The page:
From 2000–2013, the Dij and Rij between the observed and the expected gains for a random change process for an immature forest land to forest land transition were 9.99% and 1.29%, respectively. Thus, a transition of 18% of the land cover from immature forest land to forest land was caused by systematic change, implying that when forest land increased, the new forest land tended to systematically arise from immature forest land. The Dij and Rij between the observed and the expected gains for a random change process for a cultivated land-orchards transition were 5.45% and 1.56%, respectively, indicating the systematic transition from cultivated land to orchards. These results indicate that orchards systematically arose from cultivated land at a rate greater than expected. The Dij and Rij between the observed and expected gains for the cultivated land to forest land transition were large and negative (−7.03% and −0.82%, respectively), implying that increases in forest land did not systematically arise from cultivated land. Similarly, orchards did not systematically arise from immature forest land (−3.07%; −0.98%), forest land did not systematically arise from orchards (−2.33%; −1.00%), and orchards did not systematically arise from forest land (−2.10%; −0.99%). The Dij between the observed and the expected losses under a random change process for immature forest land to forest land, cultivated land to orchards and orchards to construction land transitions were 9.01%, 6.16% and 0.40%, respectively. Thus, immature forest land was systematically lost to forest land, cultivated land was lost to orchards, and orchards were lost to construction land. The Rij values between cultivated land and orchards, orchards and construction land were 2.21% and 13.33% respectively, indicating a highly significant tendency for the transition from cultivated land to orchards and orchards to construction land. The Dij values between the observed and expected losses for the cultivated land to forest land, immature forest land to cultivated land and immature forest land to orchards transitions were large and negative (−4.61%, −4.79% and −3.85%, respectively), thus implying that forest land did not systematically arise from cultivated land, cultivated land did not systematically arise from immature forest land, and that orchards did not systematically arise from immature forest land. Similarly, a negative Dij for cultivated land to immature forest land (−1.59%) implied that cultivated land did not systematically convert from immature forest land.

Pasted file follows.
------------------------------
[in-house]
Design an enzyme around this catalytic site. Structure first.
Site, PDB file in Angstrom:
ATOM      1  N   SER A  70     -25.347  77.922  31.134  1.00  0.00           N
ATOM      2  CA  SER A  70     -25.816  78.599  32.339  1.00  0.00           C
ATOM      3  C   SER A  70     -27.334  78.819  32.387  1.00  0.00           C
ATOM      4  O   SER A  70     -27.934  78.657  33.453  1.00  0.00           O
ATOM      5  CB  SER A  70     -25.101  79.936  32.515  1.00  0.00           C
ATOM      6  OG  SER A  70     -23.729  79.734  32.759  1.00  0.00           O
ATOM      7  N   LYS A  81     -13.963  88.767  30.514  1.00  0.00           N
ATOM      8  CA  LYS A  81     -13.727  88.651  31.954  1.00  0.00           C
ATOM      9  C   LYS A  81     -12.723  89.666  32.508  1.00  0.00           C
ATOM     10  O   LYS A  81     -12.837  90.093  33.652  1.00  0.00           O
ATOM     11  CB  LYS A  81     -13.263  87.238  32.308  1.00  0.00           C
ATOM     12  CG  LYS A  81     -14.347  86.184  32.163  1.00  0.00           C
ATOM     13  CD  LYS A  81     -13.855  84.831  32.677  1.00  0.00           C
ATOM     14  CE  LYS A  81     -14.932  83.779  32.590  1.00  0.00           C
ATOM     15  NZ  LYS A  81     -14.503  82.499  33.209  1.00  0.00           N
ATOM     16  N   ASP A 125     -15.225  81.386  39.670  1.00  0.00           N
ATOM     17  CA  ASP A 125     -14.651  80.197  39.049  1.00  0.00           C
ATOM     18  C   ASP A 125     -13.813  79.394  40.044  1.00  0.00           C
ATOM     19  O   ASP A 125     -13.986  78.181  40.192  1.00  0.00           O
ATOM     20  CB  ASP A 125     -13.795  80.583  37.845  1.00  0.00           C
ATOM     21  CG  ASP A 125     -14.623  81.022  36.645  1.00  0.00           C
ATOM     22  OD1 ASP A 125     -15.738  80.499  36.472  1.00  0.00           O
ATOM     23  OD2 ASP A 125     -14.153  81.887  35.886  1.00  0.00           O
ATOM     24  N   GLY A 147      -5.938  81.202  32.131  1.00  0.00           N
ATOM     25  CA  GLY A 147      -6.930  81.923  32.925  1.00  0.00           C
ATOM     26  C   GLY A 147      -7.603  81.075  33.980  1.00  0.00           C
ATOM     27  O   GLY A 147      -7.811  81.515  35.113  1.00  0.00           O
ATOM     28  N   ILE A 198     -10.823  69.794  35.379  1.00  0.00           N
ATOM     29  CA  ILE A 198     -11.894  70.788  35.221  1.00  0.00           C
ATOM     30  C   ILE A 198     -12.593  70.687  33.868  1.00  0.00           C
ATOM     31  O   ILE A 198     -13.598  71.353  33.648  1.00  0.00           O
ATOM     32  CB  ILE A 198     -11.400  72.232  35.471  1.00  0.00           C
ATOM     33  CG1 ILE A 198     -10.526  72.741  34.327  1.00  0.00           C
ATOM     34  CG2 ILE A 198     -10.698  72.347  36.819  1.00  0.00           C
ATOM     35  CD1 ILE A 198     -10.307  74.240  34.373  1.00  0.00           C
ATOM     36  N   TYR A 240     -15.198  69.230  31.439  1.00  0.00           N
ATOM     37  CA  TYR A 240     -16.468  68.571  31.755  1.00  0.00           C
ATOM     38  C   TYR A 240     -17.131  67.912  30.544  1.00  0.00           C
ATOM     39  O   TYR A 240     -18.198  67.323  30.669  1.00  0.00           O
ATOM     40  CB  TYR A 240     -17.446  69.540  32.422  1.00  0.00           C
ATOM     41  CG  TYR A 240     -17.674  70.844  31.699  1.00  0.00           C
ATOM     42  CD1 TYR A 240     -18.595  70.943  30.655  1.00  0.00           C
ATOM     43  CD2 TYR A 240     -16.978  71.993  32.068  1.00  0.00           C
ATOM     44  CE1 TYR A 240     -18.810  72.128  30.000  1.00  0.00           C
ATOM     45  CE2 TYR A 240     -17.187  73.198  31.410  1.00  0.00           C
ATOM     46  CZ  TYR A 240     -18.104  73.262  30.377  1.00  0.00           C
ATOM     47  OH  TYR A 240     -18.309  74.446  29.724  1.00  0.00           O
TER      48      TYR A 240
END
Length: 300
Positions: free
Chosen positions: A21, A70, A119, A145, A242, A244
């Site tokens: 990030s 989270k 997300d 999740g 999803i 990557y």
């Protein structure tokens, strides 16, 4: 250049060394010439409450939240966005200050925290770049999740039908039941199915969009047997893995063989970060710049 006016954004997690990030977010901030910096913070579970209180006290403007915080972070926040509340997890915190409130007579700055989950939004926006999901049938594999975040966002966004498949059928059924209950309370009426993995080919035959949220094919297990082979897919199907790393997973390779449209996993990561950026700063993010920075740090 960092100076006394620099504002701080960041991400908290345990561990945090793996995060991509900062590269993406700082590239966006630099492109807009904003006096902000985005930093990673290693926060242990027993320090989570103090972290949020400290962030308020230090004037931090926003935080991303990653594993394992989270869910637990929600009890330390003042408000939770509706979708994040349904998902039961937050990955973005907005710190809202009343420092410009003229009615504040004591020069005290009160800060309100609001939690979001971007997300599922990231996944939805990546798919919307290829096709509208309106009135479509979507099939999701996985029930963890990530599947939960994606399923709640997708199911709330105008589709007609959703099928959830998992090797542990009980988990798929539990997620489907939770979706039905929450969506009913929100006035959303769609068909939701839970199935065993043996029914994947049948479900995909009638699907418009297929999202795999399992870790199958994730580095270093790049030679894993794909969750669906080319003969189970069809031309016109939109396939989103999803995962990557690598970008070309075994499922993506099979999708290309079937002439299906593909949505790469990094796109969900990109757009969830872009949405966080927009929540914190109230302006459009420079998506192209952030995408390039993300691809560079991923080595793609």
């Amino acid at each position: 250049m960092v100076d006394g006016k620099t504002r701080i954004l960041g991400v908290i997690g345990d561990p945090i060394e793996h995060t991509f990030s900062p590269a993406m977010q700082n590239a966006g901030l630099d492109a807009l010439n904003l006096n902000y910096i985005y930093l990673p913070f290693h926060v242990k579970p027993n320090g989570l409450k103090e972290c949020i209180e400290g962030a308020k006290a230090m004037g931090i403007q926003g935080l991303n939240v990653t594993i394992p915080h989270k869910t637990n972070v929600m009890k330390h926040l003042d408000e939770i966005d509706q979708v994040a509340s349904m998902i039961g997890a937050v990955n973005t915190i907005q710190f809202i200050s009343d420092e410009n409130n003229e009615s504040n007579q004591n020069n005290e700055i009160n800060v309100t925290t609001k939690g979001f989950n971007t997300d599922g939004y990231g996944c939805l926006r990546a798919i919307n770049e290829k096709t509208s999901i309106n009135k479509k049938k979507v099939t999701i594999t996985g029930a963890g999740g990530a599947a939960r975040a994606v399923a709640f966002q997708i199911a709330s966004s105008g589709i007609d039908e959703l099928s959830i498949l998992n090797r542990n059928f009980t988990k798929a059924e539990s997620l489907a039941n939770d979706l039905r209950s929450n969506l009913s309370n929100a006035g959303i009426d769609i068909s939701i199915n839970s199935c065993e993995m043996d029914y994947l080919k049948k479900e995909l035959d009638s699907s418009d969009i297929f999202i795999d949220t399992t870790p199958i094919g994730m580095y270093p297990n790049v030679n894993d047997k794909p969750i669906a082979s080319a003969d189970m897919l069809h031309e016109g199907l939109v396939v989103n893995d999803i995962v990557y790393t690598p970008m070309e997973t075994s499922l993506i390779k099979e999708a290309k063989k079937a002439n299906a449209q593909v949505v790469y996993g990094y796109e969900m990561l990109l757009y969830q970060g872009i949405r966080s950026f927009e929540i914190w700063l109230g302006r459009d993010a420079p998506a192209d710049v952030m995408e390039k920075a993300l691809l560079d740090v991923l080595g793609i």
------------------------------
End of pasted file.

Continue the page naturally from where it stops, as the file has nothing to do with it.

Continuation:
Based on the above analyses, the most dominant signals of change in the two periods comprised the following: (1) conversion from immature forest land to forest land, (2) conversion from cultivated land to orchards, and (3) conversion from orchards to construction land (Fig. 3). Although the most dominant signals of land cover change exhibited similar trends between the two periods, many differences were detected. For 1992–2000, only 3% of conversion was from immature forest land to forest land, but this value increased to 18% for 2000–2013. The continual implementation of ecological restoration programmes yielded a significant success in Yongshou. To promote economic development, the government encouraged farmers to build orchards. Therefore, the conversion from cultivated land to orchards increased continually from 6% to 9% during the two periods. In both periods, the construction land area experienced stable growth along with urbanization (0.6% and 2%, respectively).

Figure 3
Systematic land cover transitions from1992–2000 (a) and 2000–2013 (b).